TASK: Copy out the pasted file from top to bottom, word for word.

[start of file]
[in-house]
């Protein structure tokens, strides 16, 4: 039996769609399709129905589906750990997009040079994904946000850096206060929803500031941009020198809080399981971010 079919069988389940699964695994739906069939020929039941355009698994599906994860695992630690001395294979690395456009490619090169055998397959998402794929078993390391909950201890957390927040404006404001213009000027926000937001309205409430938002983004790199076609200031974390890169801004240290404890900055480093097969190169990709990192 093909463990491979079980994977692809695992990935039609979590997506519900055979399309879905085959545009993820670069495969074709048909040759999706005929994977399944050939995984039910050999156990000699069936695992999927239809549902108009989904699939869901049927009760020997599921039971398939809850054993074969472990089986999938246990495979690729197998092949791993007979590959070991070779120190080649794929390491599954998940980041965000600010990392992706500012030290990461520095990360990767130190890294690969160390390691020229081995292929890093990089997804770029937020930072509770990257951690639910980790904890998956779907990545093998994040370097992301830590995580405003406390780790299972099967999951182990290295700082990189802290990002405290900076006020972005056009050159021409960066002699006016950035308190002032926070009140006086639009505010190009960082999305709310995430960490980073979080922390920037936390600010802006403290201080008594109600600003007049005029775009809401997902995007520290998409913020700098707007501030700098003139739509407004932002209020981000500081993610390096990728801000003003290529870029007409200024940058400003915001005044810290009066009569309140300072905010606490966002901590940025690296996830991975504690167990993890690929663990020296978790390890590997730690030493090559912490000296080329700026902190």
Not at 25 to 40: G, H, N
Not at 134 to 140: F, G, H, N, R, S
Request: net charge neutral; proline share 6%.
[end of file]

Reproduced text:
[in-house]
């Protein structure tokens, strides 16, 4: 039996769609399709129905589906750990997009040079994904946000850096206060929803500031941009020198809080399981971010 079919069988389940699964695994739906069939020929039941355009698994599906994860695992630690001395294979690395456009490619090169055998397959998402794929078993390391909950201890957390927040404006404001213009000027926000937001309205409430938002983004790199076609200031974390890169801004240290404890900055480093097969190169990709990192 093909463990491979079980994977692809695992990935039609979590997506519900055979399309879905085959545009993820670069495969074709048909040759999706005929994977399944050939995984039910050999156990000699069936695992999927239809549902108009989904699939869901049927009760020997599921039971398939809850054993074969472990089986999938246990495979690729197998092949791993007979590959070991070779120190080649794929390491599954998940980041965000600010990392992706500012030290990461520095990360990767130190890294690969160390390691020229081995292929890093990089997804770029937020930072509770990257951690639910980790904890998956779907990545093998994040370097992301830590995580405003406390780790299972099967999951182990290295700082990189802290990002405290900076006020972005056009050159021409960066002699006016950035308190002032926070009140006086639009505010190009960082999305709310995430960490980073979080922390920037936390600010802006403290201080008594109600600003007049005029775009809401997902995007520290998409913020700098707007501030700098003139739509407004932002209020981000500081993610390096990728801000003003290529870029007409200024940058400003915001005044810290009066009569309140300072905010606490966002901590940025690296996830991975504690167990993890690929663990020296978790390890590997730690030493090559912490000296080329700026902190």
Not at 25 to 40: G, H, N
Not at 134 to 140: F, G, H, N, R, S
Request: net charge neutral; proline share 6%.